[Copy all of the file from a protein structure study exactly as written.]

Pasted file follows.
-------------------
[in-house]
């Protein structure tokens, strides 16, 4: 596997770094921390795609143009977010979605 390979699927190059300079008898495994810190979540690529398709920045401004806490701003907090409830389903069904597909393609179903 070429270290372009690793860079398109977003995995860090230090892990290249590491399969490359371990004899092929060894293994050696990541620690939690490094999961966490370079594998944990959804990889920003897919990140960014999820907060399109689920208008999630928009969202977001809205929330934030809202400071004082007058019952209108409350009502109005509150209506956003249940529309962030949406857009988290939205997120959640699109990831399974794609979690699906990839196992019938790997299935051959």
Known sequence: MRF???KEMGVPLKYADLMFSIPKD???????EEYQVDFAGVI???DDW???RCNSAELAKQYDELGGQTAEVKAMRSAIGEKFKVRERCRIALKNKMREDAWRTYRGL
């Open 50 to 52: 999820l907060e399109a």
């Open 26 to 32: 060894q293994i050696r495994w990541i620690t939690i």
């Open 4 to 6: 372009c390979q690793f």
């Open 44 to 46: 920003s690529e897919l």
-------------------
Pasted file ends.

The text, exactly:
[in-house]
């Protein structure tokens, strides 16, 4: 596997770094921390795609143009977010979605 390979699927190059300079008898495994810190979540690529398709920045401004806490701003907090409830389903069904597909393609179903 070429270290372009690793860079398109977003995995860090230090892990290249590491399969490359371990004899092929060894293994050696990541620690939690490094999961966490370079594998944990959804990889920003897919990140960014999820907060399109689920208008999630928009969202977001809205929330934030809202400071004082007058019952209108409350009502109005509150209506956003249940529309962030949406857009988290939205997120959640699109990831399974794609979690699906990839196992019938790997299935051959």
Known sequence: MRF???KEMGVPLKYADLMFSIPKD???????EEYQVDFAGVI???DDW???RCNSAELAKQYDELGGQTAEVKAMRSAIGEKFKVRERCRIALKNKMREDAWRTYRGL
């Open 50 to 52: 999820l907060e399109a």
């Open 26 to 32: 060894q293994i050696r495994w990541i620690t939690i």
């Open 4 to 6: 372009c390979q690793f």
């Open 44 to 46: 920003s690529e897919l």